Arts & Culture

Artist: Chris Jordan

Chris Jordan, photographer

On March 31, 2022 CNMS students had the amazing opportunity to zoom in with Chris Jordan. Chris Jordan is a photographer and digital art professional. As of today, he is in Patagonia Chile looking for his next project. Students were fascinated with what he had to say about being authentic.

Pat Metheny once said: “Improvising is not about playing something brand new every time out. It’s about showing up in a particular moment and making a gesture. A musical gesture that is so true to that moment. That it enhances the eternity of that moment and has the ability to remind us of something we may have forgotten. Or that we didn’t know that we knew in the first place.”  

“What Pat Metheny is saying, first of all, is he’s not thinking about originality. That is not in his field of perception while he’s playing. What he’s doing. What he’s thinking about is being present. He wants to be here in this moment, and so connected with what’s going on in the world. So connected with that moment. That he can express something that relates to that moment.  That to me is what it means authentic. He’s not worried about being original. his focus is on being authentic and being present. If we can be present and we can be authentic then we all know each one of us is unique. Every single one of you guys has unique. There’s never been you in the entire universe before and there will never be another one. As each one of us unique beings moves through the world no one has ever seen through those eyes, in that moment. What is in front of us. We are literally each having a unique experience in every moment. So how do we be authentic? I think the way to be authentic is we have to get out of all of the ways that we copy other people. Which is all of the sort of rules and expectations compositional principles were told to follow, ideas that we may have about what is a cliche, ideas that we have about like what’s a good photograph, what’s a bad photograph, what’s an appropriate thing to photograph and what’s a dumb thing to photograph. The more we can become aware of all of that the more we can look inside our own minds and see all the ways were following other people’s rules. Then the more we can let go of all of that and actually see what’s really in front of us and respond to that in a way that’s just true to us.  If we can do that then what we are doing will automatically be original.”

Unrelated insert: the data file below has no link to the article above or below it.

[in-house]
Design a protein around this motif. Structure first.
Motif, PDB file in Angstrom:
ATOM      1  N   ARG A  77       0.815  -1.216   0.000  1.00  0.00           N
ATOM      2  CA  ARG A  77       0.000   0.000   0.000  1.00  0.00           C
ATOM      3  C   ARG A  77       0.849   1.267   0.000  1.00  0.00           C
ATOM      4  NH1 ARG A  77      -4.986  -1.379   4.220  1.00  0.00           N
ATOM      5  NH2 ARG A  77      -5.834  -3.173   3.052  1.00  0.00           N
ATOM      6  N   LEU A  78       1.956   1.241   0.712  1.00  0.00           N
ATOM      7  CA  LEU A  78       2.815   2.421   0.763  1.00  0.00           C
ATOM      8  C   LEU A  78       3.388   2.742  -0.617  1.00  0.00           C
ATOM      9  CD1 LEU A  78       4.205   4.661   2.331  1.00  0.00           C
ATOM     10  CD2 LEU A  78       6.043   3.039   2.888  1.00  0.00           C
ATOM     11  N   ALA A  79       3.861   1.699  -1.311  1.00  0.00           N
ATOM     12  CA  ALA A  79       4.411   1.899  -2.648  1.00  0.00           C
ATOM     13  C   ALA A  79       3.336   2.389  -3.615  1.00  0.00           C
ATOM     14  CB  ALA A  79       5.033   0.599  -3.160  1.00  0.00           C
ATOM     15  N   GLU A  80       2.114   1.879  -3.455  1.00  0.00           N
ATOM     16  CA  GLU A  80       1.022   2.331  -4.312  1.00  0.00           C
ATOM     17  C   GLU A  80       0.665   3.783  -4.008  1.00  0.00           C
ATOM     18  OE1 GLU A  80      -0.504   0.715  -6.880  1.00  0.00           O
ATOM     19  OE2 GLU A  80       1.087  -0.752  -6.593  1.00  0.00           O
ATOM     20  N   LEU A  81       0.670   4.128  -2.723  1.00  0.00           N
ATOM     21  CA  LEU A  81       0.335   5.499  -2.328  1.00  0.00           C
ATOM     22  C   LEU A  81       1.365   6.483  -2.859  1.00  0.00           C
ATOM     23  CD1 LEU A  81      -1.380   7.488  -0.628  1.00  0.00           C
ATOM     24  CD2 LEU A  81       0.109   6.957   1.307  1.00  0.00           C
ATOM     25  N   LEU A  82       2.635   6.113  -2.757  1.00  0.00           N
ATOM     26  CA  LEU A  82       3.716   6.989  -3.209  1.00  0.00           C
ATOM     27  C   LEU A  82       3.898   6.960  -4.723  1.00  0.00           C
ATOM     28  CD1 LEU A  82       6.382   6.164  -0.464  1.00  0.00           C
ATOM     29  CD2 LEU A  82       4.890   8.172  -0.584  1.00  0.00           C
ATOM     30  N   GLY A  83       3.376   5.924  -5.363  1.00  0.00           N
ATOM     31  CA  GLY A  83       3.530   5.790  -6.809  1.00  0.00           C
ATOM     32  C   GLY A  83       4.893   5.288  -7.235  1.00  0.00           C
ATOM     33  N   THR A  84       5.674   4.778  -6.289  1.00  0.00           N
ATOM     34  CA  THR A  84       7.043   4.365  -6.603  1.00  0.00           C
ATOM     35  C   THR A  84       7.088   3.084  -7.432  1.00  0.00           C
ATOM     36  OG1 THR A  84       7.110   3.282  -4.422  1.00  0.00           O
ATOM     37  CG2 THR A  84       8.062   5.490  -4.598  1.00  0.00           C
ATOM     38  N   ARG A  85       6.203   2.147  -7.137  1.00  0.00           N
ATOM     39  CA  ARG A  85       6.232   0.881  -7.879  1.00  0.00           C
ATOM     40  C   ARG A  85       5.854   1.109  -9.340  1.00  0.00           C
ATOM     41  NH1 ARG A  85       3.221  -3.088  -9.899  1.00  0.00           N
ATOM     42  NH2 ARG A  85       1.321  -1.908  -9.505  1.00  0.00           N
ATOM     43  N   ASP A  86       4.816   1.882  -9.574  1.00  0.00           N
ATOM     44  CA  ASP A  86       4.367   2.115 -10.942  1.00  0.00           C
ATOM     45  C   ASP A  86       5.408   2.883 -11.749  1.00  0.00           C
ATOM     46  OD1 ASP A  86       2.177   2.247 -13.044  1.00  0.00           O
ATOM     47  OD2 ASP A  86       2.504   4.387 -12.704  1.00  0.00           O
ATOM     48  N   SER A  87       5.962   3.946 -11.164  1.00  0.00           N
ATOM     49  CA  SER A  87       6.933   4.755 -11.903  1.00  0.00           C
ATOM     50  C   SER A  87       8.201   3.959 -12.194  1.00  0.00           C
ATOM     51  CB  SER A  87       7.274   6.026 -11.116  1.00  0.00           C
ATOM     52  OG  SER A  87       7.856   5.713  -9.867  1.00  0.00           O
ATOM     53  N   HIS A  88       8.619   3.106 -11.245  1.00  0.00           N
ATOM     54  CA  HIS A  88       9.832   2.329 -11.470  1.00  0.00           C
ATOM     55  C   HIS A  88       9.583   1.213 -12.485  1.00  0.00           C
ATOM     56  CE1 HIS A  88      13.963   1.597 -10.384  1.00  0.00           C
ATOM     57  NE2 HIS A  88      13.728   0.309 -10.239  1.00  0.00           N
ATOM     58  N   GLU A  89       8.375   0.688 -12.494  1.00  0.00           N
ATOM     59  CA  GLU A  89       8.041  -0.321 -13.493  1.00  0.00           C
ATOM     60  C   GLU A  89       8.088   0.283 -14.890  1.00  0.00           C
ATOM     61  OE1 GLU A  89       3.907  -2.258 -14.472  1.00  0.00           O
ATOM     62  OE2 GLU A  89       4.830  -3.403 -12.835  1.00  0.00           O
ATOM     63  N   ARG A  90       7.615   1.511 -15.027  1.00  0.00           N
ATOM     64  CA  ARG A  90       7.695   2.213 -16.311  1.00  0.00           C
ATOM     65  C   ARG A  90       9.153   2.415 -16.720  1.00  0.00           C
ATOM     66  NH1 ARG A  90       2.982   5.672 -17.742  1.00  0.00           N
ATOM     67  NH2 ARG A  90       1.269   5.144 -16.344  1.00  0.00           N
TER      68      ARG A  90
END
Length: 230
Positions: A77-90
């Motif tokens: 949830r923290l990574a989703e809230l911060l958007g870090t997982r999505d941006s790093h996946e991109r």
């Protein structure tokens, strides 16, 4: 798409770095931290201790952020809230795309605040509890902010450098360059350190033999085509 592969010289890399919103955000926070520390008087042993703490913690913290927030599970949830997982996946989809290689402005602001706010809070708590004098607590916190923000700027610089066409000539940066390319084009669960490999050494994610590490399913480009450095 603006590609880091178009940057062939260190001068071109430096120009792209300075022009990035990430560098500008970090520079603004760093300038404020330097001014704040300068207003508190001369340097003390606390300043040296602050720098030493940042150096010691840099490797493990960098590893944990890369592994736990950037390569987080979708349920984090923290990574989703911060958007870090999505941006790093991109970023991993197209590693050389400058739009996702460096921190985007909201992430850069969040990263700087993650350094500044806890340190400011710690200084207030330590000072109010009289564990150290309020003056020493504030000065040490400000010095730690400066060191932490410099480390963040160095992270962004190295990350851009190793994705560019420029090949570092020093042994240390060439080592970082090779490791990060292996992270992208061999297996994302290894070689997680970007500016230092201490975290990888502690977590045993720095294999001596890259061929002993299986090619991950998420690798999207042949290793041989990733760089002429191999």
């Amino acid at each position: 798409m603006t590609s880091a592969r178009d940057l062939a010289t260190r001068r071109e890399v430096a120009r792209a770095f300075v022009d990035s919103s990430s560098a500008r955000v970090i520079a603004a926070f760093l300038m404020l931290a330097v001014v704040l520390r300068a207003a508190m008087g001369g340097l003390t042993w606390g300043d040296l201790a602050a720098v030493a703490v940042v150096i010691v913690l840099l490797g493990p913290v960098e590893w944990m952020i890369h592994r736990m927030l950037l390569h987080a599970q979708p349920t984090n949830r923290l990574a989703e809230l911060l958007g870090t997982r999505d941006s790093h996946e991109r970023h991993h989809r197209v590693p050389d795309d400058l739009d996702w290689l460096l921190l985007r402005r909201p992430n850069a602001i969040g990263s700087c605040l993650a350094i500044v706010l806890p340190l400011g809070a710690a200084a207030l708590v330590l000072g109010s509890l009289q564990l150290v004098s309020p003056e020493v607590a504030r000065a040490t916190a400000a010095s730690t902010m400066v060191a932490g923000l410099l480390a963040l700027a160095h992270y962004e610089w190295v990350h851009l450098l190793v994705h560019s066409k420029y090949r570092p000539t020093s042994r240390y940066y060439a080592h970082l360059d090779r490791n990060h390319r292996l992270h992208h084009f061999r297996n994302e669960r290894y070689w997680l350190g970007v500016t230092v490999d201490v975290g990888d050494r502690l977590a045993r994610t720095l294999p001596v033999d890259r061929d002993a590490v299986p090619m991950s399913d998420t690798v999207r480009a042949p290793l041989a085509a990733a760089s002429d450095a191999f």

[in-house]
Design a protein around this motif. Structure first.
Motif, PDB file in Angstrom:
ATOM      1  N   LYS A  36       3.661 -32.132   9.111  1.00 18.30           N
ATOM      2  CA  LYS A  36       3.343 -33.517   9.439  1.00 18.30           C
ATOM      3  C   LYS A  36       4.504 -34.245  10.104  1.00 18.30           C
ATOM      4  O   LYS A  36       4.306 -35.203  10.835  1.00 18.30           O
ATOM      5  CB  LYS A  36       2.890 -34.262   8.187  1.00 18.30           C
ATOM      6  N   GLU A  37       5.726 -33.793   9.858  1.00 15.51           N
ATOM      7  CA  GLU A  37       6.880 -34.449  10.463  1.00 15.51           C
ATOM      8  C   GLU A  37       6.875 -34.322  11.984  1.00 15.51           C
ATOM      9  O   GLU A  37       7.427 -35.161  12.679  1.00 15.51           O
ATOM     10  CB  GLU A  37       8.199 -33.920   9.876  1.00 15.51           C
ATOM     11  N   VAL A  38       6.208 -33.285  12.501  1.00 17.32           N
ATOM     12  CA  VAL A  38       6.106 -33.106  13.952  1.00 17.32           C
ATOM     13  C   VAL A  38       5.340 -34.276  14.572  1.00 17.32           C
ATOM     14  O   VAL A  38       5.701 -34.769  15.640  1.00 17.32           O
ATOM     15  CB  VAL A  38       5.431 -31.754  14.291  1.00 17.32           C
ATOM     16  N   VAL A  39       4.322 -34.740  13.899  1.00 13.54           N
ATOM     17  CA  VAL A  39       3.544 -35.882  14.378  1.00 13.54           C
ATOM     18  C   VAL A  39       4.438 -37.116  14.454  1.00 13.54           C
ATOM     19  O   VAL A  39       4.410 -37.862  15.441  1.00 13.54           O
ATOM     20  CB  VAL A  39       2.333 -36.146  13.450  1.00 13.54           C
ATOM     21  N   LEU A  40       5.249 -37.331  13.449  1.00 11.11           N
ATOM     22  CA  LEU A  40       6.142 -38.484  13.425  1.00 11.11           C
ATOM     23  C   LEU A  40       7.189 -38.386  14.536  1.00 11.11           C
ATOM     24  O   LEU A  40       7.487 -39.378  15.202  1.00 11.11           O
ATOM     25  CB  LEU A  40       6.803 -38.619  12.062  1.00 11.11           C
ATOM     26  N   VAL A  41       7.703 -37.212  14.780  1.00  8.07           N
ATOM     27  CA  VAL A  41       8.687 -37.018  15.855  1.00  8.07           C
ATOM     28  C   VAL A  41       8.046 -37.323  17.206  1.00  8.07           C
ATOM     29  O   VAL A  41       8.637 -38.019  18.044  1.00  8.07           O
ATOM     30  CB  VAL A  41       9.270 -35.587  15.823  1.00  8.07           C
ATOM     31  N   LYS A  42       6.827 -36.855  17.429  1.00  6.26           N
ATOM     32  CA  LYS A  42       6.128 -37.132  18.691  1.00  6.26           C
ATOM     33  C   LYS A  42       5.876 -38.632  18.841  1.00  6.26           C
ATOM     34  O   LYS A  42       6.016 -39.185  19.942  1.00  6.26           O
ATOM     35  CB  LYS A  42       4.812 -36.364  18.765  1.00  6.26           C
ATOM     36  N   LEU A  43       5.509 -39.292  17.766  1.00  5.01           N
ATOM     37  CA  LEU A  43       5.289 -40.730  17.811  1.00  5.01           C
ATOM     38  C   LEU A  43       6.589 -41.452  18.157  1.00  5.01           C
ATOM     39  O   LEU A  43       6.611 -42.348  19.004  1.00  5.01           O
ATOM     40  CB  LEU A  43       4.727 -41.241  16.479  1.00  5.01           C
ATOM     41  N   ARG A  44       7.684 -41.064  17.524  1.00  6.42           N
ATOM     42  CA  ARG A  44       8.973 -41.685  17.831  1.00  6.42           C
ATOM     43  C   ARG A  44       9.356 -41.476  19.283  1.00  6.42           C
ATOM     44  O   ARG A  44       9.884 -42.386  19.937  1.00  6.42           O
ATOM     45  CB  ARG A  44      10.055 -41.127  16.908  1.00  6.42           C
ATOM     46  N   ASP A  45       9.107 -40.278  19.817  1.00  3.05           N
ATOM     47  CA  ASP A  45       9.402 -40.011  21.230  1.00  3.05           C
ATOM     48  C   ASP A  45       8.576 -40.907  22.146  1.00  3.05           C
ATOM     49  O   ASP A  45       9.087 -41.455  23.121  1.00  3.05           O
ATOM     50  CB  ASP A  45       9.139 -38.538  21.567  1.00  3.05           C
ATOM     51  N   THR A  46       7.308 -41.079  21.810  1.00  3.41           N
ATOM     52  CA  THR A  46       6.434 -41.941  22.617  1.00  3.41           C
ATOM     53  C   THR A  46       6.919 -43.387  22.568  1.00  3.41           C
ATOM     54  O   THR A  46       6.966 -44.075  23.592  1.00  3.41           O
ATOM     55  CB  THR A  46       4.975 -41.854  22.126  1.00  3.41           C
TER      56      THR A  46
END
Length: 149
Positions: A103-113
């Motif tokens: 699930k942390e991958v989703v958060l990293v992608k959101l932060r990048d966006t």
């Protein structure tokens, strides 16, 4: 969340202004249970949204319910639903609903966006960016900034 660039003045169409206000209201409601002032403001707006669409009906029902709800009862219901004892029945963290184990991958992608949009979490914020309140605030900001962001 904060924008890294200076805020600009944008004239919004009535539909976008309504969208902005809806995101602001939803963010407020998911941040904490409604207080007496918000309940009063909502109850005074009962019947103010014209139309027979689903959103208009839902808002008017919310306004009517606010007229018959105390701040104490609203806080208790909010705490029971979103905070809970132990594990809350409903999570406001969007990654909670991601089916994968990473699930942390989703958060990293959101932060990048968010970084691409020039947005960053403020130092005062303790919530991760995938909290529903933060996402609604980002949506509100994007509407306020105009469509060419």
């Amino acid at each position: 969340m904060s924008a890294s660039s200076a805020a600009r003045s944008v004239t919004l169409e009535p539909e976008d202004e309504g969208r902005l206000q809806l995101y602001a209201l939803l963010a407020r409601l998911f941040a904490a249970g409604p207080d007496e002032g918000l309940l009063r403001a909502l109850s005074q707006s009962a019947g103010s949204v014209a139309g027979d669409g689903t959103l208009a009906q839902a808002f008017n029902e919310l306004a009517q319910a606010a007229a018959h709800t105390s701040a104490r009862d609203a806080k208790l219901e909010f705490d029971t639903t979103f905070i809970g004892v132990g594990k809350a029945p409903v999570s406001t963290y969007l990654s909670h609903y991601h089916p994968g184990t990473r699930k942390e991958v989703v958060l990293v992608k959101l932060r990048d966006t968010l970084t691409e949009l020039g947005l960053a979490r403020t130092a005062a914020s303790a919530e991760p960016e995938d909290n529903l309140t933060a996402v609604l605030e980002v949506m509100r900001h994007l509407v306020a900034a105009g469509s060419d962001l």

Chris Jordan’s words on being authentic and not original motivated the students participating in the zoom. Looking at the art world from a different angle opened a door to our eyes. Chris says he doesn’t believe one needs talents to be successful in the photography world “I absolutely believe it to be true is that to be a successful photographic artist. Including an artist whose work is shown in the best galleries in the world. Requires zero amount of talent. It’s just about being present and seeing what’s in front of you and then taking a photograph of that thing. Just like being original, you can just let it go you never need to think about it again.” As well as many more words of wisdom Chris Jordan shared with us. His work is AMAZING and I strongly recommend that you take a look. I’ll leave links below.

Silent Spring, 2014     44×58″ and 60×80″; Chris Jordan and Rebecca Clark; made from 28 graphite drawings by Rebecca Clark
Depicts 183,000 birds, equal to the estimated number of birds that die in the United States every day from exposure to agricultural pesticides.

(zoomed in)
“Depicts 139,000 cigarette butts, equal to the number of cigarettes that are smoked and discarded every 15 seconds in the US. Cigarette butts are the number one littered item found in America’s public spaces including parks, beaches, waterways, and urban environments. This form of litter has far-reaching impacts on the environment: littered butts leach numerous toxic chemicals and carcinogens, contaminate water sources, and poison wildlife. The filters are made of cellulose acetate, a type of plastic that does not biodegrade.” – 

(zoomed-in image from the image above)

Depicts 29,000 credit cards, equal to the average number of personal bankruptcy filings every week in the US in 2010.”- 


(2009 – Current):×24

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